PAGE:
It is a well-known fact that there is considerable heating potential in the subsurface of the Paris region, and the Greater Paris Metropolitan Council – which drew up its Climate-Air-Energy Plan in 2018 – intends to exploit this potential through near-surface geothermal projects (less than 200 metres deep) in order to provide heating or cooling for buildings. With this in mind, in 2020, the local authority commissioned BRGM to precisely assess the extent to which these underground resources could contribute to the area's energy needs and to develop tools that could be used to promote the deployment of this type of renewable energy. "The Ile-de-France region has more than 500 near-surface geothermal installations," explains Timothée Dupaigne, BRGM's regional hydrogeologist. "There is still plenty of room to develop this type of green energy, which has two key advantages, in that it is locally-sourced and not subject to the effects of climate change. So, it is available everywhere and on a permanent basis."
Additional data incorporated in the Subsurface Database (BSS)
BRGM's geologists and geothermal specialists worked plot by plot to assess the potential contributions available in the subsurface using two techniques: vertical heat exchangers, which use a fluid circulating in probes placed in the subsurface to recover heat or coolness, and well-doublets, which directly exploit the heat from the aquifers contained in Lutetian and Ypresian-Cuisian rocks and in the chalk layers. To conduct its work, the team drew on the French Subsurface Database (BSS), the national database on subsurface structures managed by BRGM, while also adding new data to the near-surface geothermal section on operations carried out over the last few years. The project also enabled us to update our knowledge of near-surface aquifers.
"On each plot of land, we cross-referenced the geothermal resources in the immediate subsurface with the land available for drilling, in order to assess the amount of energy that could be extracted," explains Charles Maragna, a geothermal research engineer. The results were then aggregated at different levels; firstly, for each of the 2,861 IRIS grids (based on INSEE data) that cover the metropolitan area; then, for each of the 131 municipalities and each of the 12 local territorial administrative areas(ETPs) in Greater Paris and, finally, for the whole of the Metropolitan area. "We mapped the near-surface geothermal potential at every scale," says Charles Maragna.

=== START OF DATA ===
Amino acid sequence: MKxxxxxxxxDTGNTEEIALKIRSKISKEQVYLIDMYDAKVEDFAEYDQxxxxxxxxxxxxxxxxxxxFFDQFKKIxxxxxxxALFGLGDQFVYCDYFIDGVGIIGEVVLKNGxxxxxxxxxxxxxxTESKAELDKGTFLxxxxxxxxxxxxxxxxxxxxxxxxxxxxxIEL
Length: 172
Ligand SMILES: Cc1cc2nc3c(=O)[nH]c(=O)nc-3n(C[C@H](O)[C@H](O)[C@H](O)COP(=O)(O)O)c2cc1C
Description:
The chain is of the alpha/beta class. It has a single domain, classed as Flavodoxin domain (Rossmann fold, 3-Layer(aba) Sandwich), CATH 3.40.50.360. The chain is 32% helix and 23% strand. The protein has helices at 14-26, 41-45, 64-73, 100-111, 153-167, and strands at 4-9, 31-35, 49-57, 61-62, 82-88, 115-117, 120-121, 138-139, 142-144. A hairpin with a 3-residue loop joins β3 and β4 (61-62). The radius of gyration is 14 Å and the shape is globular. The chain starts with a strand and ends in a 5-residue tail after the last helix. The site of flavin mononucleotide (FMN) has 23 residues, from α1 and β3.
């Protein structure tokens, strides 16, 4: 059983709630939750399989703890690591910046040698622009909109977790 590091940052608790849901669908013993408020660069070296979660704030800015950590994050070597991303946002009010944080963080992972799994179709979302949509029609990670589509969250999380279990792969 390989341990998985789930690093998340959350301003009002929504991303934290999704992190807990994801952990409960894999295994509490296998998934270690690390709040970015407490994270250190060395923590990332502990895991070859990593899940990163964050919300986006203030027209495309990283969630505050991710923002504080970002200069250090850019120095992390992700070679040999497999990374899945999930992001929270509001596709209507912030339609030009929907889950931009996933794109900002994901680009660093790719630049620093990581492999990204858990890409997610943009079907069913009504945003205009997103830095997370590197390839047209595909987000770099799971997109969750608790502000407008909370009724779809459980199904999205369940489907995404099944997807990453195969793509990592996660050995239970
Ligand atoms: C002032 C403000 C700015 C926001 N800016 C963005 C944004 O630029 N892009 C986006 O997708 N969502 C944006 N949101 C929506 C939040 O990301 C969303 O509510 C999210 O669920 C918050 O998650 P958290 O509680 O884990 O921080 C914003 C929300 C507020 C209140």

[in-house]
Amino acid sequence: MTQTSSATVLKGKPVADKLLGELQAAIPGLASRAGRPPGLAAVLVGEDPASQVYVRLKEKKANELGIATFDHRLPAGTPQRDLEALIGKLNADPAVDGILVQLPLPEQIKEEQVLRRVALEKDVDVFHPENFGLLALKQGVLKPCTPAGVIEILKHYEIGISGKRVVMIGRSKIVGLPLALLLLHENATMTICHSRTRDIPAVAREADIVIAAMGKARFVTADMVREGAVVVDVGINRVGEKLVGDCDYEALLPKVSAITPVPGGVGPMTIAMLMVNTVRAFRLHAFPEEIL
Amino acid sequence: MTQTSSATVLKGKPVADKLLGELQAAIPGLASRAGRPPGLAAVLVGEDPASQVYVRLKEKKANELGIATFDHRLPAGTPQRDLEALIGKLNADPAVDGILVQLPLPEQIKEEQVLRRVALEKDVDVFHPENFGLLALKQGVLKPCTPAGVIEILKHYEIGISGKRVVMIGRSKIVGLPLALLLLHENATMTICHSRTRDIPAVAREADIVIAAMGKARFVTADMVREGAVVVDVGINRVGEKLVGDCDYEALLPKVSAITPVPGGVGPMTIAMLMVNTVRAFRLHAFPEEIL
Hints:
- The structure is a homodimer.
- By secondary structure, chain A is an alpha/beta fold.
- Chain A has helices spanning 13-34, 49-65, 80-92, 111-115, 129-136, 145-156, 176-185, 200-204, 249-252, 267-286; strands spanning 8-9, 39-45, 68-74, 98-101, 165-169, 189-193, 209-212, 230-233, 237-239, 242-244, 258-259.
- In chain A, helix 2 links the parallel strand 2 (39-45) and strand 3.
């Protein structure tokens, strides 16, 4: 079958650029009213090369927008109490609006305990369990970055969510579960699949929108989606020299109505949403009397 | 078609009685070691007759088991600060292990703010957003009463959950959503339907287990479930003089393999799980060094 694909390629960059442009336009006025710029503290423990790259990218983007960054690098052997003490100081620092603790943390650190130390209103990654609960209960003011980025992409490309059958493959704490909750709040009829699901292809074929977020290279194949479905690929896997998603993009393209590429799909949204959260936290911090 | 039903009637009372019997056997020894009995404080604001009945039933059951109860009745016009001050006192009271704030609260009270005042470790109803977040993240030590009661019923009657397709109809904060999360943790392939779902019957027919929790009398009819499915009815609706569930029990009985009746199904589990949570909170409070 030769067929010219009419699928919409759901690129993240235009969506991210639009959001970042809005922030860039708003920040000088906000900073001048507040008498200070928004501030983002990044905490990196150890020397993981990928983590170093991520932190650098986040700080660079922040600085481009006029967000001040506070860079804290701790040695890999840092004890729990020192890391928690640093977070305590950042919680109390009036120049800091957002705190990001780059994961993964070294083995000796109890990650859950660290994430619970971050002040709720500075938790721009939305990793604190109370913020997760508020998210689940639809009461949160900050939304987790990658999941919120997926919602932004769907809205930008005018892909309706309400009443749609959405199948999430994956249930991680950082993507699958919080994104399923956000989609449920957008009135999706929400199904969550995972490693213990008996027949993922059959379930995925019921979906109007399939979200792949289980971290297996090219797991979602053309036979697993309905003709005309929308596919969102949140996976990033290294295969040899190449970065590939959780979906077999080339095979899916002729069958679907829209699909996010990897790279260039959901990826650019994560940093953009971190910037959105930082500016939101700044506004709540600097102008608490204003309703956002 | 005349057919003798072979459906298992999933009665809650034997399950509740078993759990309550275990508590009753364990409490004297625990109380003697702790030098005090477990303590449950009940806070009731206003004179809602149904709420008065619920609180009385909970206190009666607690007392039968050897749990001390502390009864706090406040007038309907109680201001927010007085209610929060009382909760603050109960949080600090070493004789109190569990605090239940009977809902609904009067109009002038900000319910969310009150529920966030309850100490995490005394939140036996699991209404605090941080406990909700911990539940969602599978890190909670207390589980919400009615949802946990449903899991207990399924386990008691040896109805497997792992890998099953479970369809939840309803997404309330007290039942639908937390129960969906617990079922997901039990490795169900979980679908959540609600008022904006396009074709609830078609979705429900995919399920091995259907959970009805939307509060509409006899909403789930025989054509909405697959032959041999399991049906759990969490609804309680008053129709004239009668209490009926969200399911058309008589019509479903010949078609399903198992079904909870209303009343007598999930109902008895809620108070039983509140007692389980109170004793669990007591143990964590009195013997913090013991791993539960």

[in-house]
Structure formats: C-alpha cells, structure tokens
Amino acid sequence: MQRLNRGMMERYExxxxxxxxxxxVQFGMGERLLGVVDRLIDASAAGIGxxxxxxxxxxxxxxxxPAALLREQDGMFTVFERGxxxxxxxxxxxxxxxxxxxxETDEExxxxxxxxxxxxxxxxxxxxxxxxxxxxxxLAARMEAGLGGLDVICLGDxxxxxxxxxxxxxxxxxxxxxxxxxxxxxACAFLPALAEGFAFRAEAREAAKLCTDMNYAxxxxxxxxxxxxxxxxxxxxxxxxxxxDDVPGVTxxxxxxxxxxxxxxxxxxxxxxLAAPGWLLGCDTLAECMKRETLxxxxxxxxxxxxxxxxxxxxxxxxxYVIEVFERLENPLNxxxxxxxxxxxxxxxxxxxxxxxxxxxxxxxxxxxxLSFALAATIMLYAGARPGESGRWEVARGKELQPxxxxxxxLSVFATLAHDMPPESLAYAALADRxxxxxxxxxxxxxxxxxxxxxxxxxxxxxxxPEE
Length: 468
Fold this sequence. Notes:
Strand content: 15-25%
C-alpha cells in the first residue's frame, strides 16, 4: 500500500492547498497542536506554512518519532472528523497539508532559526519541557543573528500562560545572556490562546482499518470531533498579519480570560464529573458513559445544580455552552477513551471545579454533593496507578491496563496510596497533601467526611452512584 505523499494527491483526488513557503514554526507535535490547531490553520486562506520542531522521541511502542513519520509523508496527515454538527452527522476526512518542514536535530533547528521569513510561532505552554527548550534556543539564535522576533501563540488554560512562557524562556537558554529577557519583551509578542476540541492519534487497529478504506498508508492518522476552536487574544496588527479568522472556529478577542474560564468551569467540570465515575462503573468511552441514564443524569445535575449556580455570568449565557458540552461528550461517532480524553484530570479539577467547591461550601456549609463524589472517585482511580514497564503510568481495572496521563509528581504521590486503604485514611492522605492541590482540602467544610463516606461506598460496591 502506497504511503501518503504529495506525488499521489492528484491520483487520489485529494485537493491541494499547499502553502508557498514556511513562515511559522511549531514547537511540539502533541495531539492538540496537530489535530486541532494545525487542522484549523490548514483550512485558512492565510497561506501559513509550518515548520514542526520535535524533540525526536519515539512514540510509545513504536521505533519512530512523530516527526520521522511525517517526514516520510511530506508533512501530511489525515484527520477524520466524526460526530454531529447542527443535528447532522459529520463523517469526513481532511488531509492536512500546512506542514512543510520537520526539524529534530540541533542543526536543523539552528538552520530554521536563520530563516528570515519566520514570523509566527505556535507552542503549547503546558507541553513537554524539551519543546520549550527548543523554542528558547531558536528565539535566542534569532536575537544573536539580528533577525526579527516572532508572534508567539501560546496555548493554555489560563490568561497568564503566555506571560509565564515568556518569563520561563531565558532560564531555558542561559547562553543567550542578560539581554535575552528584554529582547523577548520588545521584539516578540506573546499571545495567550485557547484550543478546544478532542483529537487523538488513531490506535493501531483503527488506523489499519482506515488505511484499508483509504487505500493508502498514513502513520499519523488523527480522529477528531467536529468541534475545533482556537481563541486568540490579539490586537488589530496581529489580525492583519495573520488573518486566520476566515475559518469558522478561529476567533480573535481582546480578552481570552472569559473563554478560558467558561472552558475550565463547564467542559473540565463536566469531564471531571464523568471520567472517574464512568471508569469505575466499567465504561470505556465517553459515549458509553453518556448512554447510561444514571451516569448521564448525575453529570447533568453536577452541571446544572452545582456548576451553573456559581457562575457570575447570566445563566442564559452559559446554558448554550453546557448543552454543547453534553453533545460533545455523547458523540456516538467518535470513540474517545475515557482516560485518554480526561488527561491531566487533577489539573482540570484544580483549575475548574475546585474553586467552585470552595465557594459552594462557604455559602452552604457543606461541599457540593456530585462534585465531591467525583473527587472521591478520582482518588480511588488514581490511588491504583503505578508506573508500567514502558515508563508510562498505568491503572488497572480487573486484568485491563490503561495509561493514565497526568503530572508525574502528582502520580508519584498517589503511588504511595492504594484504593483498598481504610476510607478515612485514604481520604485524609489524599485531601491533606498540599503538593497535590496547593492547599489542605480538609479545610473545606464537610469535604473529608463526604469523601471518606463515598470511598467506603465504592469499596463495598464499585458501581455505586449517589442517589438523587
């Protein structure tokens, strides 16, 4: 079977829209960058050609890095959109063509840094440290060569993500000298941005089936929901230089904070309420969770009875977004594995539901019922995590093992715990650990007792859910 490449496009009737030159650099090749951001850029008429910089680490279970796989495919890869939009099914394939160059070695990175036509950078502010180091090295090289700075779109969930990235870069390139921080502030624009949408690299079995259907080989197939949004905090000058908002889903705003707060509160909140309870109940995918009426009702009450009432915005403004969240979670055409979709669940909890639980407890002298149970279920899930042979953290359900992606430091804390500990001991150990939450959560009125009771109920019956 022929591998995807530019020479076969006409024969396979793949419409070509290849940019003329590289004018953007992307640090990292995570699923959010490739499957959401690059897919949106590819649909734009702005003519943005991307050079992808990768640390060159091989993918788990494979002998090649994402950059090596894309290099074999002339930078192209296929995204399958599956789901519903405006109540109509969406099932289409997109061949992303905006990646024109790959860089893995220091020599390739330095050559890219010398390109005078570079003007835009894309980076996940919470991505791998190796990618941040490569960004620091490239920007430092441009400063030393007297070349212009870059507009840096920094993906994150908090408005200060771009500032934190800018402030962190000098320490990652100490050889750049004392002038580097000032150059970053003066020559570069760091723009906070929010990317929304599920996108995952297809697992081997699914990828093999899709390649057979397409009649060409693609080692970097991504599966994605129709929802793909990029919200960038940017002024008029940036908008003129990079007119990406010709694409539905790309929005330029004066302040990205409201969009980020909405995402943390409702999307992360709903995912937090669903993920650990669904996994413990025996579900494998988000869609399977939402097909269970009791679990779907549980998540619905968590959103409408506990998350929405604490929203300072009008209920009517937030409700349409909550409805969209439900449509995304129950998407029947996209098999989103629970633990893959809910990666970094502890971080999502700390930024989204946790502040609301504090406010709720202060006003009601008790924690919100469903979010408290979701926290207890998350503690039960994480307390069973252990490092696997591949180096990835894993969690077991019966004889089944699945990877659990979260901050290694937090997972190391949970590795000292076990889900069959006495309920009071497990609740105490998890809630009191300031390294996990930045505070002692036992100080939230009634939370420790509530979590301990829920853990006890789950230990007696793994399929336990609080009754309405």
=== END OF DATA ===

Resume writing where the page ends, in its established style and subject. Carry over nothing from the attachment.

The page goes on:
Now, all that remains to be done is to compare these assessments with the area's energy requirements in terms of heating, domestic hot water production, air conditioning and cooling in buildings, essentially offices and residential buildings. Overall, this represents an estimated annual consumption of 50.94 TWh. "Near-surface geothermal energy could cover 58% of this consumption," says Timothée Dupaigne. "In order to decarbonise heat production, it could replace around 25% of gas heating consumption, after connecting buildings to existing heating networks as a priority."
Greater Paris Metropolitan Council: 7 good reasons to choose near-surface geothermal energy.
© ADEME / BRGM / Métropole du Grand Paris
7 good reasons to choose geothermal energy
Carried out with the support of ADEME and in partnership with the Paris Urban Planning Workshop (APUR), this mission also produced a map-based interface that shows the existing boreholes and geothermal probes, at the desired scale. This service is updated in real time and is available free of charge on the geothermies.fr website, which is managed by BRGM. It is supplemented by a methodological report. "These tools are invaluable for geothermal professionals, and especially for local authorities," underlines Timothée Dupaigne. "They can be used by authorities to define an energy mix that includes geothermal energy."
BRGM is also involved in promoting near-surface geothermal energy among local stakeholders, by producing and distributing a guide entitled "7 good reasons to choose geothermal energy for the Greater Paris Metropolitan Area". In addition to the seven arguments set out, the guide includes eleven testimonies about successful projects. "It is a showcase for near-surface geothermal energy, to popularise it and raise awareness among supervising authorities." Lastly, this project with the Greater Paris Metropolitan Area has led to the creation of a national observatory for near-surface geothermal energy, in partnership with ADEME.